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Book Chapter: When mother knows best. Nurses struggle to uphold their institutionally assigned identity of knowledgeable expert and information deliverer.

TitleWhen mother knows best. Nurses struggle to uphold their institutionally assigned identity of knowledgeable expert and information deliverer.
Authors
Issue Date2016
PublisherAmsterdam: John Benjamins
Citation
When mother knows best. Nurses struggle to uphold their institutionally assigned identity of knowledgeable expert and information deliverer. . In Schnurr, S. and van de Mieroop, D. (Eds.), Identity Struggles. Evidence from Workplaces Around the World.. : Amsterdam: John Benjamins, 2016 How to Cite?
AbstractThis paper aims to explore some of the processes through which nurses construct and negotiate their professional identities in telephone consultations with mothers of newborns diagnosed with a mild hereditary disorder. The condition in question, G6PD deficiency (commonly known as favism), is common in Hong Kong where this study was conducted occurring in 4% of all male and 0.6% of female newborns. If certain preventative measures are taken, the individuals with the condition can lead a healthy life. The aim of the telephone counselling interactions is to ensure that the mother has sufficient information about her baby’s condition and the preventative measures. Drawing on a corpus of 50 telephone counselling interactions, this paper analyses one of the identity struggles that the nurses regularly have to deal with in these encounters when interacting with ‘knowledgeable ’mothers, that is those mothers who have the condition themselves or who have family members with the condition. In these instances, the nurses need to negotiate the institutionally assigned identities and roles of ‘nurse’ as ‘information deliverer’ and ‘educator’, and ‘mother’ as ‘information recipient’ which are closely tied to the institutional agenda and purpose of these encounters. We identify and describe the discursive processes through which these identity struggles are enacted and negotiated on the micro-level of the interaction. We show how through negotiating (professional and lay) knowledge and expertise with potentially arising face-issues (both, for the nurses and the mothers), the participants ensure that the aim of these encounters, that is ensuring the well-being of a child after the hospital release, is met.
Persistent Identifierhttp://hdl.handle.net/10722/219019

 

DC FieldValueLanguage
dc.contributor.authorZayts, OA-
dc.contributor.authorSchnurr, S-
dc.date.accessioned2015-09-18T07:10:31Z-
dc.date.available2015-09-18T07:10:31Z-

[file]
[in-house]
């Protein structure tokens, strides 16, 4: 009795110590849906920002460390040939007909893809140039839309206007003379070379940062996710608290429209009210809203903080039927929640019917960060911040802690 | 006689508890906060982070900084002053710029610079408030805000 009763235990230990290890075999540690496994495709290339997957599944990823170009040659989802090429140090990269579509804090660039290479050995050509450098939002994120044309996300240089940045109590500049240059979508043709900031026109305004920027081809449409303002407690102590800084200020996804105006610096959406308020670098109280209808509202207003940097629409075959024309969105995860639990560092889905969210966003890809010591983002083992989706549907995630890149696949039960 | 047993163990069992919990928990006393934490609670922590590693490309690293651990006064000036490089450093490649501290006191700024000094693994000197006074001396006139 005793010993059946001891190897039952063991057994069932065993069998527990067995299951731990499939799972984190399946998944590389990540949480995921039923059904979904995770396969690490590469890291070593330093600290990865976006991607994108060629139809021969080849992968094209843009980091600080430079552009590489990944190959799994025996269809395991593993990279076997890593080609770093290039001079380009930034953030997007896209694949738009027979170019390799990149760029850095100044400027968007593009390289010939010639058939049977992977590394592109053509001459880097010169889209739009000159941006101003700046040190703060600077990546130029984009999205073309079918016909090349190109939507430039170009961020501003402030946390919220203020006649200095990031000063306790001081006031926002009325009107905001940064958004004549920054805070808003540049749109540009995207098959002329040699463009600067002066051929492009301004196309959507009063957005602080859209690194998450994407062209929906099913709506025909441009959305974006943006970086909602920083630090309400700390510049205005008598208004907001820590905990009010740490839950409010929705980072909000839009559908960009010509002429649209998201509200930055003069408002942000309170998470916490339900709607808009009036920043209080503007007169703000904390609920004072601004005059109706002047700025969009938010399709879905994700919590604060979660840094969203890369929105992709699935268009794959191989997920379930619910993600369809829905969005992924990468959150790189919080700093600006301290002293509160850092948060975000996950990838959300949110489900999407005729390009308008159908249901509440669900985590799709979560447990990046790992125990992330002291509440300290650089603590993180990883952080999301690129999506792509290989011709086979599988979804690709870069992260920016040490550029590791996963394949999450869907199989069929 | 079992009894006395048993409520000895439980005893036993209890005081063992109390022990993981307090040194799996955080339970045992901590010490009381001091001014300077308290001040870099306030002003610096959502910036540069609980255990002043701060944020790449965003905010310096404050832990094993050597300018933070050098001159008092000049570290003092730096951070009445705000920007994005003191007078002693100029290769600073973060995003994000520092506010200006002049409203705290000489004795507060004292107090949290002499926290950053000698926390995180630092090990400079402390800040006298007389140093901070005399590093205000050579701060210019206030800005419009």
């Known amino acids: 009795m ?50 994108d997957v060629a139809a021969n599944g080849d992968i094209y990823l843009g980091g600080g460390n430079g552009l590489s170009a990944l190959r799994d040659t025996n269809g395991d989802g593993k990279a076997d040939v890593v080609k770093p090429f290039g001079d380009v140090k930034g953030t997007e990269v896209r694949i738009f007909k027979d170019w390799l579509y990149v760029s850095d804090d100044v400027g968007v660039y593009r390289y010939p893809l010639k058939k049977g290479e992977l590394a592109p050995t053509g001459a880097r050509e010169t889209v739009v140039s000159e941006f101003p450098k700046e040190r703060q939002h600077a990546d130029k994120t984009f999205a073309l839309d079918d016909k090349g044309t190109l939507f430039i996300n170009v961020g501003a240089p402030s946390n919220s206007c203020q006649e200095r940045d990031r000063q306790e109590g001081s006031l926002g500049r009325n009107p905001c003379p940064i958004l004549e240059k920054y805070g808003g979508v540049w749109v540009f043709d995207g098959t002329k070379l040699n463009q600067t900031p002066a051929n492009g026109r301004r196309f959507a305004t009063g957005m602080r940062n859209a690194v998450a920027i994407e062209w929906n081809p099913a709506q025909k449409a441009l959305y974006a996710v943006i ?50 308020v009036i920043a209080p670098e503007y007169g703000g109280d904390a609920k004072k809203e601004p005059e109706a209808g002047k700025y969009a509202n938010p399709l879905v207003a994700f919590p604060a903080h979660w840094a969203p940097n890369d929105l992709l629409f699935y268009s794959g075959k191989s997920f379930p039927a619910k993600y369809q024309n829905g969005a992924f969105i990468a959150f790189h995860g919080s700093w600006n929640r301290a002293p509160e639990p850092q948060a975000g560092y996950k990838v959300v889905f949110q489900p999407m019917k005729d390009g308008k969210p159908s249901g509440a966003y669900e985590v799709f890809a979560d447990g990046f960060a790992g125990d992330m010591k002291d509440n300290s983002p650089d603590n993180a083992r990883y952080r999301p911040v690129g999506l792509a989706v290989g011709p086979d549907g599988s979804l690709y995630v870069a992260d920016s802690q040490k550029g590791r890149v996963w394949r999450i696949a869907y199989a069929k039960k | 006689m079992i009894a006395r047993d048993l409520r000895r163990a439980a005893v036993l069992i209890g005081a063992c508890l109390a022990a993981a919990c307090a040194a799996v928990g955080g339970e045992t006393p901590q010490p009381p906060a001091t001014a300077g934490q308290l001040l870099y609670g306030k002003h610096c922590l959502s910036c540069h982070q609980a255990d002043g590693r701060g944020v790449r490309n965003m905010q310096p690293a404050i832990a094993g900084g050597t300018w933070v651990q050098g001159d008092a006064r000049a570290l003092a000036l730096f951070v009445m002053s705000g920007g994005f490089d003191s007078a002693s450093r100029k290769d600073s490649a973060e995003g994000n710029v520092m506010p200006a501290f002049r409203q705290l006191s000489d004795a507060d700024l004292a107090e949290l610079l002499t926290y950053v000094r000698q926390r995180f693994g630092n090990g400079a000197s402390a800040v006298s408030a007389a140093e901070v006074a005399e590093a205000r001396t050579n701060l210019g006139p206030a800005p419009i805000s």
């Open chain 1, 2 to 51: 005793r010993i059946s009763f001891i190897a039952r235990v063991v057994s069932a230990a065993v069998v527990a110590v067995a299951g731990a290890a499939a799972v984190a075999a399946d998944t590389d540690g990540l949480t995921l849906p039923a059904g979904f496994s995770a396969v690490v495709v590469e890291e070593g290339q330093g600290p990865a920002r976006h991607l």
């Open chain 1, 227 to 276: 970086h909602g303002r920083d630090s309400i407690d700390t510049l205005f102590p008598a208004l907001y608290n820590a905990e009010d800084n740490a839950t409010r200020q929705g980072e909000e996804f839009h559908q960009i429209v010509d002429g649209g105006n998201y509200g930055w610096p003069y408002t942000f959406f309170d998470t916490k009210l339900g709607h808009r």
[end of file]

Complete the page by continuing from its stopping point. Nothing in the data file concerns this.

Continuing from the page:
dc.date.issued2016-
dc.identifier.citationWhen mother knows best. Nurses struggle to uphold their institutionally assigned identity of knowledgeable expert and information deliverer. . In Schnurr, S. and van de Mieroop, D. (Eds.), Identity Struggles. Evidence from Workplaces Around the World.. : Amsterdam: John Benjamins, 2016-
dc.identifier.urihttp://hdl.handle.net/10722/219019-
dc.description.abstractThis paper aims to explore some of the processes through which nurses construct and negotiate their professional identities in telephone consultations with mothers of newborns diagnosed with a mild hereditary disorder. The condition in question, G6PD deficiency (commonly known as favism), is common in Hong Kong where this study was conducted occurring in 4% of all male and 0.6% of female newborns. If certain preventative measures are taken, the individuals with the condition can lead a healthy life. The aim of the telephone counselling interactions is to ensure that the mother has sufficient information about her baby’s condition and the preventative measures. Drawing on a corpus of 50 telephone counselling interactions, this paper analyses one of the identity struggles that the nurses regularly have to deal with in these encounters when interacting with ‘knowledgeable ’mothers, that is those mothers who have the condition themselves or who have family members with the condition. In these instances, the nurses need to negotiate the institutionally assigned identities and roles of ‘nurse’ as ‘information deliverer’ and ‘educator’, and ‘mother’ as ‘information recipient’ which are closely tied to the institutional agenda and purpose of these encounters. We identify and describe the discursive processes through which these identity struggles are enacted and negotiated on the micro-level of the interaction. We show how through negotiating (professional and lay) knowledge and expertise with potentially arising face-issues (both, for the nurses and the mothers), the participants ensure that the aim of these encounters, that is ensuring the well-being of a child after the hospital release, is met.-
dc.languageeng-
dc.publisherAmsterdam: John Benjamins-
dc.relation.ispartofIdentity Struggles. Evidence from Workplaces Around the World.-
dc.titleWhen mother knows best. Nurses struggle to uphold their institutionally assigned identity of knowledgeable expert and information deliverer. -
dc.typeBook_Chapter-
dc.identifier.emailZayts, OA: zayts@hkucc.hku.hk-
dc.identifier.authorityZayts, OA=rp01211-
dc.identifier.hkuros252497-

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